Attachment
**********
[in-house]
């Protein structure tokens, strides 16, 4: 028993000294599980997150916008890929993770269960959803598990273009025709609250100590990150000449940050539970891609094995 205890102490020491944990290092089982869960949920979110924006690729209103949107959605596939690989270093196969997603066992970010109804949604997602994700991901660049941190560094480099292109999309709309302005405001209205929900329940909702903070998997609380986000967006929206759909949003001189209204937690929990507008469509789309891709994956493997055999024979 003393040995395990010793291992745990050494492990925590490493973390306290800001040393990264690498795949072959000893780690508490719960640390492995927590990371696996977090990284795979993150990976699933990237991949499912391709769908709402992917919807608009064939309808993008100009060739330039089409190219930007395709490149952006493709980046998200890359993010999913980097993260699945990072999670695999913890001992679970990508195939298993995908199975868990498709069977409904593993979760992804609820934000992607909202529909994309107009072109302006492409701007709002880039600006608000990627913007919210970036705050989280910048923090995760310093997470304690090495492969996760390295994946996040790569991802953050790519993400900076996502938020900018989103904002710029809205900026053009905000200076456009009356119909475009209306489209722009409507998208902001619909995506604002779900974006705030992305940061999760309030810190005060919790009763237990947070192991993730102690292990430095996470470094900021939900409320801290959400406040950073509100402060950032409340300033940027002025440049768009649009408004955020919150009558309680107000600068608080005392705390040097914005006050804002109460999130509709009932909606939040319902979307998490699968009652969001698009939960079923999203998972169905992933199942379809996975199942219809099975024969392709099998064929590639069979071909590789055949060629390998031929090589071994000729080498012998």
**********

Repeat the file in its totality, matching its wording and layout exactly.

[in-house]
């Protein structure tokens, strides 16, 4: 028993000294599980997150916008890929993770269960959803598990273009025709609250100590990150000449940050539970891609094995 205890102490020491944990290092089982869960949920979110924006690729209103949107959605596939690989270093196969997603066992970010109804949604997602994700991901660049941190560094480099292109999309709309302005405001209205929900329940909702903070998997609380986000967006929206759909949003001189209204937690929990507008469509789309891709994956493997055999024979 003393040995395990010793291992745990050494492990925590490493973390306290800001040393990264690498795949072959000893780690508490719960640390492995927590990371696996977090990284795979993150990976699933990237991949499912391709769908709402992917919807608009064939309808993008100009060739330039089409190219930007395709490149952006493709980046998200890359993010999913980097993260699945990072999670695999913890001992679970990508195939298993995908199975868990498709069977409904593993979760992804609820934000992607909202529909994309107009072109302006492409701007709002880039600006608000990627913007919210970036705050989280910048923090995760310093997470304690090495492969996760390295994946996040790569991802953050790519993400900076996502938020900018989103904002710029809205900026053009905000200076456009009356119909475009209306489209722009409507998208902001619909995506604002779900974006705030992305940061999760309030810190005060919790009763237990947070192991993730102690292990430095996470470094900021939900409320801290959400406040950073509100402060950032409340300033940027002025440049768009649009408004955020919150009558309680107000600068608080005392705390040097914005006050804002109460999130509709009932909606939040319902979307998490699968009652969001698009939960079923999203998972169905992933199942379809996975199942219809099975024969392709099998064929590639069979071909590789055949060629390998031929090589071994000729080498012998």